To check out how much you could be due, type your postcode into and it will supply you with full details.


INSURERS have reported receiving a large number of calls, but do not expect a huge increase in accident claims.

A Direct Line spokeswoman said: "We have been inundated with calls to our Green Flag recovery service. We received double the normal cries for help on the first day back to work.

"However, when it comes to car accidents the numbers are much less dramatic. Certainly we are seeing a large number of shunts and minor bumps, but because the number of motorists on the road is so much lower than normal, the accident claims may not look too dramatic in the end."

Most common have been slides and shunts, either involving a single car skidding off the road or a few cars sliding into each other.

The good news is that the weather, or driving against police advice, won't nullify insurance, so claims will be met as normal. But claimants will still lose their "no claims bonus" and see premiums rise.

Severe weather does not mitigate responsibility for causing a crash. However, there are exceptions. If you leave the keys in the car while it is defrosting on the drive and it is stolen, your insurer will not pay up, as you did not take due care.

Similarly, if you have only third-party cover, and no other driver was involved or could be blamed, then you will have to meet car repairs yourself.

Those driving older cars may also regret venturing on to the roads. If the insurer decides it is too expensive to repair your vehicle, it will write it off and send you a cheque for the proceeds, which is unlikely to cover the cost of a replacement car. Also be wary of insurers who try to reduce the payout by arguing the accident was caused because the car was in a poor condition. Complain to the Financial Ombudsman if necessary. He will apply the same rules as with household claims (see above).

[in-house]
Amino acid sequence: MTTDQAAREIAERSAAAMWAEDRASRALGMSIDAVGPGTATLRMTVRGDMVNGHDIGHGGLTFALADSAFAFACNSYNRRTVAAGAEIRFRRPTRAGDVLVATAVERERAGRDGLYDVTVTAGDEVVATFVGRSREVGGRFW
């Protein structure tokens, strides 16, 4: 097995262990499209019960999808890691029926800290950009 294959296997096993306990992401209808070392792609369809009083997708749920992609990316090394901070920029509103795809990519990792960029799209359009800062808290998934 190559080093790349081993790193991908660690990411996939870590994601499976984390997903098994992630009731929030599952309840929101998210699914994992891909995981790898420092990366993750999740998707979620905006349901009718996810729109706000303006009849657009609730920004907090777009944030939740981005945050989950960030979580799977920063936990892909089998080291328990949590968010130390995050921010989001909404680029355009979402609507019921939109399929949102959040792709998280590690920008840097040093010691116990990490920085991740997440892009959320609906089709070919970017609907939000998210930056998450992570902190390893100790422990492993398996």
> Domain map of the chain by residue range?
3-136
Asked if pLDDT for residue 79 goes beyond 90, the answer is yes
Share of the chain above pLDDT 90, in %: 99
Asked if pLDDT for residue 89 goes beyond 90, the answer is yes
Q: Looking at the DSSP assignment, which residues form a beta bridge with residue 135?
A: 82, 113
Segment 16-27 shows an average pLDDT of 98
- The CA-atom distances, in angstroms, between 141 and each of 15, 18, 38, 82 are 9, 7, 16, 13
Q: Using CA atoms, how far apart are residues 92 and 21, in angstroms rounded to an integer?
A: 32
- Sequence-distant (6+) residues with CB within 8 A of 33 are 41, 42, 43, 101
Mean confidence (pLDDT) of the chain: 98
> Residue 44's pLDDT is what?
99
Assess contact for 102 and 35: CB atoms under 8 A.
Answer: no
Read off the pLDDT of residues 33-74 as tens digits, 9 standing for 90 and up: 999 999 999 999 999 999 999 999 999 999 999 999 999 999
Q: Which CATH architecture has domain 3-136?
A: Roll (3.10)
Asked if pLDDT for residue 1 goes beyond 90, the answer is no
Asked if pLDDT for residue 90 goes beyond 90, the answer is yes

It may be possible to claim against the local authority if it should have gritted roads and failed to do so. The law applies equally to drivers as to pedestrians (see compensation for falling). Finally, motorists are being advised to watch out for potholes as the ice breaks up road surfaces. Those whose cars are damaged by potholes should claim against the local authority, not their insurance.

Mark Monteiro, insurance expert at, said: "Motorists are experiencing an extremely bumpy start to 2010. The increasing appearance of potholes is pushing road damage to a third higher than levels normal at this time of year.

"Potholes are a major cause of axle and suspension failure, which account for a third of all mechanical issues on UK roads and cost motorists about 3 billion a year. The number of insurance claims for damage caused by potholes is likely to rocket. With the average repair cost amounting to 240 and some bills as high as 2,710, this could send premiums soaring.

"If a driver does run into problems, they should take a photo of the pothole, of the damage to the car, and the surrounding area to prove the absence of warning signs or cones. Next, report the damaged road surface to the local authority's highways department, and claim for compensation to cover the cost of repairs."